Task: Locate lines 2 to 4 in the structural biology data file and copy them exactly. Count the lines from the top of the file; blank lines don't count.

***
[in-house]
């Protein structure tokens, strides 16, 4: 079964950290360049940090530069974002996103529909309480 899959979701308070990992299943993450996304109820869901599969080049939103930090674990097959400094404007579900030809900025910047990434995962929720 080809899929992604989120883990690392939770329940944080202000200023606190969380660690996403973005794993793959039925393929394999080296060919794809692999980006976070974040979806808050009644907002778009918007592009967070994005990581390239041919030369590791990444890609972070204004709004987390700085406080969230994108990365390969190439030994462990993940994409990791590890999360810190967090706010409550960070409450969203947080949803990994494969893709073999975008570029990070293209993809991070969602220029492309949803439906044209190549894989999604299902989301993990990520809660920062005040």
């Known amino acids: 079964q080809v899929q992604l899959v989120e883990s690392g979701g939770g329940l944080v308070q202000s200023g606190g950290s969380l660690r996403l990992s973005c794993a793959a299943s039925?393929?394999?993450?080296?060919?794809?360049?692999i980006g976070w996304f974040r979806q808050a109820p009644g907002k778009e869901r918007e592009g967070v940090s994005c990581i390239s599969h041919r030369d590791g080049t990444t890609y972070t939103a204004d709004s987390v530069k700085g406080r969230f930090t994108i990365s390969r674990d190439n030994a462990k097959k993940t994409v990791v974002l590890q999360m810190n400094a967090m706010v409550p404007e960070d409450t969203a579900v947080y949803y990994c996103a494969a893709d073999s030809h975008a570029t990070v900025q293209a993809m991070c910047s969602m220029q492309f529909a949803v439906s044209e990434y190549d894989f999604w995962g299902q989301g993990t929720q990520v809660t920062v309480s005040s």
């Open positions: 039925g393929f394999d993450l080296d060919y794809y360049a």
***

């Protein structure tokens, strides 16, 4: 079964950290360049940090530069974002996103529909309480 899959979701308070990992299943993450996304109820869901599969080049939103930090674990097959400094404007579900030809900025910047990434995962929720 080809899929992604989120883990690392939770329940944080202000200023606190969380660690996403973005794993793959039925393929394999080296060919794809692999980006976070974040979806808050009644907002778009918007592009967070994005990581390239041919030369590791990444890609972070204004709004987390700085406080969230994108990365390969190439030994462990993940994409990791590890999360810190967090706010409550960070409450969203947080949803990994494969893709073999975008570029990070293209993809991070969602220029492309949803439906044209190549894989999604299902989301993990990520809660920062005040």
């Known amino acids: 079964q080809v899929q992604l899959v989120e883990s690392g979701g939770g329940l944080v308070q202000s200023g606190g950290s969380l660690r996403l990992s973005c794993a793959a299943s039925?393929?394999?993450?080296?060919?794809?360049?692999i980006g976070w996304f974040r979806q808050a109820p009644g907002k778009e869901r918007e592009g967070v940090s994005c990581i390239s599969h041919r030369d590791g080049t990444t890609y972070t939103a204004d709004s987390v530069k700085g406080r969230f930090t994108i990365s390969r674990d190439n030994a462990k097959k993940t994409v990791v974002l590890q999360m810190n400094a967090m706010v409550p404007e960070d409450t969203a579900v947080y949803y990994c996103a494969a893709d073999s030809h975008a570029t990070v900025q293209a993809m991070c910047s969602m220029q492309f529909a949803v439906s044209e990434y190549d894989f999604w995962g299902q989301g993990t929720q990520v809660t920062v309480s005040s």
């Open positions: 039925g393929f394999d993450l080296d060919y794809y360049a």